Horses live a long time. I wrestled long and hard with my decision to send two of mine to (a very fine) retirement farm - there are many bad ones out there. It does still cost a substantial amount of money. If I had a horse that I couldn't keep but also couldn't assure a good situation for, due to the horse's condition or the inability to find a secure home, euthanasia, to my mind, would not be a dishonorable option. I would never sell a horse for slaughter as the treatment of the animals during transport and slaughter is not humane.

    Hard choices, and hard economic times make things worse for both people and horses.

  5. When the time comes, I will absolutely do for my beloved horse (and dog) what I unfortunately won't be able to do for myself, and that is to humanely end her life through euthanasia. There is no kinder option than to be able to end ones suffering when there is no hope in site.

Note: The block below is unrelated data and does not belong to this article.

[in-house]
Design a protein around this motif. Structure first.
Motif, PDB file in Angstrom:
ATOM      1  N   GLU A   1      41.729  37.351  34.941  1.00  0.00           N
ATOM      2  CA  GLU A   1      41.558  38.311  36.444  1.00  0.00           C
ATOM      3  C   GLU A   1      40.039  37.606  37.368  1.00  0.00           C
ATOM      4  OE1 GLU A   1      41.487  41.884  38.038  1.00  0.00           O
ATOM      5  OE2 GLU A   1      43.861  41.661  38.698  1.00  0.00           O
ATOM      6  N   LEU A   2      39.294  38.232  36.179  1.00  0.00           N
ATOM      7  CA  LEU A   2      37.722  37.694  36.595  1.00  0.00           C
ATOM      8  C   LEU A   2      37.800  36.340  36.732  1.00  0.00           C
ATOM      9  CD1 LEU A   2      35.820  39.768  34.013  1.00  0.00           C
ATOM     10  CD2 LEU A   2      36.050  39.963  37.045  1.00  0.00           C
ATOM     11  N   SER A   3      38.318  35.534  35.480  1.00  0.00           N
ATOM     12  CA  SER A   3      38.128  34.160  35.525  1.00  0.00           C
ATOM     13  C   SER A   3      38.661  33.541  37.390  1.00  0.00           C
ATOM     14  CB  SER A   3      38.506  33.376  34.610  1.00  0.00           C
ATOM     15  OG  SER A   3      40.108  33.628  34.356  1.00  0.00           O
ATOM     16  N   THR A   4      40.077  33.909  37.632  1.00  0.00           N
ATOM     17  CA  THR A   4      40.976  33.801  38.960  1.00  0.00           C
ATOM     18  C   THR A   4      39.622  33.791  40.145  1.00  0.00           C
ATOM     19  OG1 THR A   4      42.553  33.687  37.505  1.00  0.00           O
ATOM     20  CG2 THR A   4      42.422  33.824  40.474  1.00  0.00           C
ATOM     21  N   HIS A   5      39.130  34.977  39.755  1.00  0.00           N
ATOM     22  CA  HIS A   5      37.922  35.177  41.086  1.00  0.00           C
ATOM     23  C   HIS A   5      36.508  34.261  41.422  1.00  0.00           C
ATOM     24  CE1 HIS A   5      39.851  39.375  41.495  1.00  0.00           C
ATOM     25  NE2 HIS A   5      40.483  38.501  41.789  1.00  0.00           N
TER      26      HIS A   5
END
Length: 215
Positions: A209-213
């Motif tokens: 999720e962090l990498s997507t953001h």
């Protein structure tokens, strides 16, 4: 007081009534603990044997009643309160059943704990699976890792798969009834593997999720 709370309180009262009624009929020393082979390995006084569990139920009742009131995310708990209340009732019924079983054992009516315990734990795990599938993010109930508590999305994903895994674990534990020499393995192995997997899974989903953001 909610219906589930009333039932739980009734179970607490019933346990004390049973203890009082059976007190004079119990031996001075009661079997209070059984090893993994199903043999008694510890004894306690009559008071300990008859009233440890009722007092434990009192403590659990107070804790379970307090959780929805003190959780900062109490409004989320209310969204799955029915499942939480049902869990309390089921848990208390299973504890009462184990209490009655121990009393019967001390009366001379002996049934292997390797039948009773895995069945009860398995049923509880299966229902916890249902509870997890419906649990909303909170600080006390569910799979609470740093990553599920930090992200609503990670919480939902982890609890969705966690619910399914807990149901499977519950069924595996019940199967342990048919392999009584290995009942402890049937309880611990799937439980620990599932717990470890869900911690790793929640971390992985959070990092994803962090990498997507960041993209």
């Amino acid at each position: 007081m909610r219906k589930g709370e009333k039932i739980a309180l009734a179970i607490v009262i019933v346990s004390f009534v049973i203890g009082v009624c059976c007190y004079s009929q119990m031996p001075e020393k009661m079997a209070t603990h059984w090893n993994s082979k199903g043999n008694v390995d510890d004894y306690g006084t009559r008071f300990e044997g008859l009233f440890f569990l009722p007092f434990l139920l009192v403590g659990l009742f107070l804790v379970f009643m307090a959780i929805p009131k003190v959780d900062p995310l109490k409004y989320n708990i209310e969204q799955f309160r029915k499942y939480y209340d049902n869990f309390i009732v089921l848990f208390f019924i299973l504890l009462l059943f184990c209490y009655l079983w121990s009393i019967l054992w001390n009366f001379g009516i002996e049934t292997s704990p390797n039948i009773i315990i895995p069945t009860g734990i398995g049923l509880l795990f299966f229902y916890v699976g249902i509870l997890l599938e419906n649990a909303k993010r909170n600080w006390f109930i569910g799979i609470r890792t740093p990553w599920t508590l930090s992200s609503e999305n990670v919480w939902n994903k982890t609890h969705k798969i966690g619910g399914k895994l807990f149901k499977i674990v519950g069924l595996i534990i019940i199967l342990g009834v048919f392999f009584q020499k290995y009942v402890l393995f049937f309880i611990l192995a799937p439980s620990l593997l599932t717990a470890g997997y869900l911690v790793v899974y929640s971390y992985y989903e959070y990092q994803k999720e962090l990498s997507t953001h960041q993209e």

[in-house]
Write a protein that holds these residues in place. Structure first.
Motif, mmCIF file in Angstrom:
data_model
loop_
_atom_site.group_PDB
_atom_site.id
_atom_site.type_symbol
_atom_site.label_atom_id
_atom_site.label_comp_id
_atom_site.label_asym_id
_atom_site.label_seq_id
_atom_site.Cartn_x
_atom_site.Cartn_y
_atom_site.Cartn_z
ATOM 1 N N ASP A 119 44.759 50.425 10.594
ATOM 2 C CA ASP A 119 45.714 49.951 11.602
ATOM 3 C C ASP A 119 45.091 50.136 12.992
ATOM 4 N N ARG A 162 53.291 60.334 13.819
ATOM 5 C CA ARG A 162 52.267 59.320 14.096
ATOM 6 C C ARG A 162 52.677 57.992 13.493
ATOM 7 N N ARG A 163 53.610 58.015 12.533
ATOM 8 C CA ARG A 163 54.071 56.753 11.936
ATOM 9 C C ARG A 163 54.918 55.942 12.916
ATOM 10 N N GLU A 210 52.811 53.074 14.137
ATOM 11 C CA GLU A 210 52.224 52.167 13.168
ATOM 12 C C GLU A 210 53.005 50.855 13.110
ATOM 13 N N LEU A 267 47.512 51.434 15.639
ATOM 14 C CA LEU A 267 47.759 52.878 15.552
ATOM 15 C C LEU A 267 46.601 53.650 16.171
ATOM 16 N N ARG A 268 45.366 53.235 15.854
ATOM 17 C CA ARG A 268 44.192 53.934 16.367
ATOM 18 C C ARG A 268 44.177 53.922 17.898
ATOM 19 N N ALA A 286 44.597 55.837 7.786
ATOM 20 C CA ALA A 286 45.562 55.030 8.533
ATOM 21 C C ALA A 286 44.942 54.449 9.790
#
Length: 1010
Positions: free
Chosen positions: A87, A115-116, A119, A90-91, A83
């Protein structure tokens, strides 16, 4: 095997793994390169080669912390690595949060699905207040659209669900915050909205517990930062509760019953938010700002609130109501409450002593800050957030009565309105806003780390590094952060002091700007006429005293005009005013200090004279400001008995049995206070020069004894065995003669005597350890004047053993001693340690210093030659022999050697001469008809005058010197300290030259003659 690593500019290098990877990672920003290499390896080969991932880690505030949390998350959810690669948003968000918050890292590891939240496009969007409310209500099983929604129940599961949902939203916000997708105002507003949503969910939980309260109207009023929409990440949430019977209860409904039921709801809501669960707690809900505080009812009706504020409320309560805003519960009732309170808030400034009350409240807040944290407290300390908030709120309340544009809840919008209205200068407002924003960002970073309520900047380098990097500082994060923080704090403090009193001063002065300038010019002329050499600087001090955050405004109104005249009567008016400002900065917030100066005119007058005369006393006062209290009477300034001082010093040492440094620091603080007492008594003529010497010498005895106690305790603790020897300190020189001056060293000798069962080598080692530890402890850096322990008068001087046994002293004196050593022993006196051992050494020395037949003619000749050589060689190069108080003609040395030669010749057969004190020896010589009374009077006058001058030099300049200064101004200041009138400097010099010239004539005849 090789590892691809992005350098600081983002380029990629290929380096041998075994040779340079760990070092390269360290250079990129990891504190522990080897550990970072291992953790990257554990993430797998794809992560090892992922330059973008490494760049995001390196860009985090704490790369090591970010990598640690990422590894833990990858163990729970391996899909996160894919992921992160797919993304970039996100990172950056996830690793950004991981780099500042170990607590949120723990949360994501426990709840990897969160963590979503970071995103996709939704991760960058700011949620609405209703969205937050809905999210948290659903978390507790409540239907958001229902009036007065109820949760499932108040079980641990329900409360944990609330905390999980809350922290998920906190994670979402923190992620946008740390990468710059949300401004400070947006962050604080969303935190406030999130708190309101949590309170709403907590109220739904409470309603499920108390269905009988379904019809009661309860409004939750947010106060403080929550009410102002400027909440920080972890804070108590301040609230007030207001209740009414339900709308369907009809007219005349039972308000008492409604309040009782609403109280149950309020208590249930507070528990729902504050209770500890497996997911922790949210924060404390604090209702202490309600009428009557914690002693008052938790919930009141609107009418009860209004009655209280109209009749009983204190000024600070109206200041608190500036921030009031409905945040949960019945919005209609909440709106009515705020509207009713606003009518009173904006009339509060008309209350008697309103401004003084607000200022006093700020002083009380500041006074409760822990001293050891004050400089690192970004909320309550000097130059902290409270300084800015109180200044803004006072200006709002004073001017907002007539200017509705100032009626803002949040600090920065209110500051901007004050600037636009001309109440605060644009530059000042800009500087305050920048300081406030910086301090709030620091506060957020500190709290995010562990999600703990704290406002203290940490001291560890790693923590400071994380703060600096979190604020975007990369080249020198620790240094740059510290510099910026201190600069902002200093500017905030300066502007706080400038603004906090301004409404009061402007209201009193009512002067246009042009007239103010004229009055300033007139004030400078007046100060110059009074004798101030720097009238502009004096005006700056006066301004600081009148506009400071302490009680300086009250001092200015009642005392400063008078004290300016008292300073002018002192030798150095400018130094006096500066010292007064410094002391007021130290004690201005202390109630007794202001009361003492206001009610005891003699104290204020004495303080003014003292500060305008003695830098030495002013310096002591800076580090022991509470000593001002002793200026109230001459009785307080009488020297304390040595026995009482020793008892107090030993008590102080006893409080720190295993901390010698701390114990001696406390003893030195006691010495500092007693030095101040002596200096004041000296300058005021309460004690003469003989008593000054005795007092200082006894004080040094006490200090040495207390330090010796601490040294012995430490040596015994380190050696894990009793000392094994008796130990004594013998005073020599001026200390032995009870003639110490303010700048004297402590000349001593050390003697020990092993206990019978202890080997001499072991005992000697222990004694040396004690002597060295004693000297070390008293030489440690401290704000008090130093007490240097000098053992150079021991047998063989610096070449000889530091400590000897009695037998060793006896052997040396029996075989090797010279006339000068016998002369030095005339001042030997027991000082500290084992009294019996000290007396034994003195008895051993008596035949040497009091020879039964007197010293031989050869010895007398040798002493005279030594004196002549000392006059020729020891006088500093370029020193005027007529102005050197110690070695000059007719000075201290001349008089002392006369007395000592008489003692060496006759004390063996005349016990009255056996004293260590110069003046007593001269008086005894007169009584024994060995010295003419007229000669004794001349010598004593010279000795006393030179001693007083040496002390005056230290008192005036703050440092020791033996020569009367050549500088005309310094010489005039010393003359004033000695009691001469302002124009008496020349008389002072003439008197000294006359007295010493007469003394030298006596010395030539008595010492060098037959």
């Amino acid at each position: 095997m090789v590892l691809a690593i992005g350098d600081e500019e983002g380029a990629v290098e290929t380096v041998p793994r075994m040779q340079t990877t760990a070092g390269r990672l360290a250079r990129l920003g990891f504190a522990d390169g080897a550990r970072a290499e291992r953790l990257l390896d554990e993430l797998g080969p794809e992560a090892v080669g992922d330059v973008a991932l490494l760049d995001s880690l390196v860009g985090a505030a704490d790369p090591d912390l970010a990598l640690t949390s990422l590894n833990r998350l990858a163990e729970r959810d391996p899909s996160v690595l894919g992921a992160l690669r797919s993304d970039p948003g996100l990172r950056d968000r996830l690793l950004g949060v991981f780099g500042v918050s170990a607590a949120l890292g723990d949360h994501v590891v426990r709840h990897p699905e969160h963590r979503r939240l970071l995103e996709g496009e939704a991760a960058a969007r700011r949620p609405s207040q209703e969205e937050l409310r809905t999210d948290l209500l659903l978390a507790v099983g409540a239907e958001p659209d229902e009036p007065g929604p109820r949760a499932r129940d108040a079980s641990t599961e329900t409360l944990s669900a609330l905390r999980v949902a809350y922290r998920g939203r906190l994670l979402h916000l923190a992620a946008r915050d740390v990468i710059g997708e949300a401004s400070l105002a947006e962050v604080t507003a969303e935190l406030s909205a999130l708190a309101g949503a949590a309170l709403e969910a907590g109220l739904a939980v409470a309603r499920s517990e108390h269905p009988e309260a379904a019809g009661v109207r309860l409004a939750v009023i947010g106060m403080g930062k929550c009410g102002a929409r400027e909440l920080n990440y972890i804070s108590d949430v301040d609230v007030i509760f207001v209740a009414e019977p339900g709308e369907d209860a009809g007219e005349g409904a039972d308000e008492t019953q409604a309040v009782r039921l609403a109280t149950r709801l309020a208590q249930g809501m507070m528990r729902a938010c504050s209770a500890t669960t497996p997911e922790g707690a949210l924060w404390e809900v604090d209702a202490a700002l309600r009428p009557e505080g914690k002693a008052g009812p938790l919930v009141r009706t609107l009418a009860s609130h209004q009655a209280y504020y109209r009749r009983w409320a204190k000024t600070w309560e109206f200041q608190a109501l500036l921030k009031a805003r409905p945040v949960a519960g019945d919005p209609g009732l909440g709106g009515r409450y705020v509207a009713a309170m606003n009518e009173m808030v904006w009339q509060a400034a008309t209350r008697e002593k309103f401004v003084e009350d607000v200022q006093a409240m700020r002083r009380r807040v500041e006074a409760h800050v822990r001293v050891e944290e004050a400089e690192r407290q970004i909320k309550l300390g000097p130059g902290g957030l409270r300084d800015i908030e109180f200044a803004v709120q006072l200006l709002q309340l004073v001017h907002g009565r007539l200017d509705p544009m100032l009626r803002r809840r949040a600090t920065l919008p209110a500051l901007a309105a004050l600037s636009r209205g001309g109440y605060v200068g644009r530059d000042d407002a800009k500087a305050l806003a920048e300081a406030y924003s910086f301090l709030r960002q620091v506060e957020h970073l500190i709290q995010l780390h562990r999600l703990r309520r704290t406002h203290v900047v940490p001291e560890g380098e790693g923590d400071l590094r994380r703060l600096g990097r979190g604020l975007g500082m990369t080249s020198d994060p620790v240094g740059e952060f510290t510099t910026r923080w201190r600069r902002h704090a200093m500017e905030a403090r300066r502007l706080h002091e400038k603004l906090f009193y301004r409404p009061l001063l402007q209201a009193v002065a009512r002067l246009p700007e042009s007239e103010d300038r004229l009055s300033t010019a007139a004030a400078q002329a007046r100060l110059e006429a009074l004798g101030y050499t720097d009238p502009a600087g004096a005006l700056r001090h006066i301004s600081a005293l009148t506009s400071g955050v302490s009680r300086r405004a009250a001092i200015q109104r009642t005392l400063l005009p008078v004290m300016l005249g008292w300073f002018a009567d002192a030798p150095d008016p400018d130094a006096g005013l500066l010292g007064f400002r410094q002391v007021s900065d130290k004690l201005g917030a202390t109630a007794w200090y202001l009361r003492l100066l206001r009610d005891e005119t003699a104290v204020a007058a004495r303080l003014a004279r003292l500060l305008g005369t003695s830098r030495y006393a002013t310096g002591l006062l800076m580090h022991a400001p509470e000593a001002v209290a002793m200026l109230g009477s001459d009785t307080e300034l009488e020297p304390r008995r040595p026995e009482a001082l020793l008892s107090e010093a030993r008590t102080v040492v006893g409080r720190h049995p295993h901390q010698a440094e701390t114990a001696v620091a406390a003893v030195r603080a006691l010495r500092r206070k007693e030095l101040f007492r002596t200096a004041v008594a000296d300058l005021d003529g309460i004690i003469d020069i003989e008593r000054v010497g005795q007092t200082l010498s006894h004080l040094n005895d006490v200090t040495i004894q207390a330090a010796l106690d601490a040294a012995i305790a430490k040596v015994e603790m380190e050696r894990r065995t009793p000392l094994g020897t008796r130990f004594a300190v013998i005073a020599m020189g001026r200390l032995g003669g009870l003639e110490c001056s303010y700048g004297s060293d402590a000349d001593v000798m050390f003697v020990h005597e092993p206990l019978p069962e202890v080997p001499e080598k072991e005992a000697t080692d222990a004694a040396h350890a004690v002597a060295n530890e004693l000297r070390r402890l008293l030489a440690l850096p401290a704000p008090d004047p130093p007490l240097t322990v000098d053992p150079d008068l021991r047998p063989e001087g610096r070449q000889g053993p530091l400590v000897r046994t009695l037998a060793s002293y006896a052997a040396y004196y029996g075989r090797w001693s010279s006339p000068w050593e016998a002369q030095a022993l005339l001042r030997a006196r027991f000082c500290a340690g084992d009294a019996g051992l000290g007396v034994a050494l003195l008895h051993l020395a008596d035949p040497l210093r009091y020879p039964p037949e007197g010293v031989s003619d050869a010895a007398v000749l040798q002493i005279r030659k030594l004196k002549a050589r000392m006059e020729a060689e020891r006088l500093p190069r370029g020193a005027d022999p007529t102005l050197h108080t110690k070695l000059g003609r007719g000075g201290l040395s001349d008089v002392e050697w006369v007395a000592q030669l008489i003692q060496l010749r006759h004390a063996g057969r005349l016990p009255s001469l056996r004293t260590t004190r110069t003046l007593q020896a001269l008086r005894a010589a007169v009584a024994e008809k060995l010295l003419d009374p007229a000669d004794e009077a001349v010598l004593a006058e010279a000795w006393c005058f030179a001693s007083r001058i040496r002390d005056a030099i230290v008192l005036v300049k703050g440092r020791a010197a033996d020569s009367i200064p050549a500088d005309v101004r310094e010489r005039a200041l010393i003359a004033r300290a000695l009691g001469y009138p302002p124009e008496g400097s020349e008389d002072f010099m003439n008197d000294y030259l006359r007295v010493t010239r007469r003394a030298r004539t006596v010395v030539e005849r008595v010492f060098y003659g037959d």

6. i think if i had an elderly horse that i couldn't sell and i totally ran out of money to keep it i would rather PTS than anything else (assuming i couldn't find anyone i trusted to volunteer to have it)

  7. I am on my second, second hand horse. My first was on his way to the glue factory and I bought him for a nominal fee and kept him until I had him euthanized at 26 (if that was his real age). Now I have Tetley, whom Caroline had to place twice, and I have no intention of giving him up. I just hope the transatlantic trip is not too hard on him. All you can do is take care of what you have, at least that's all I can do.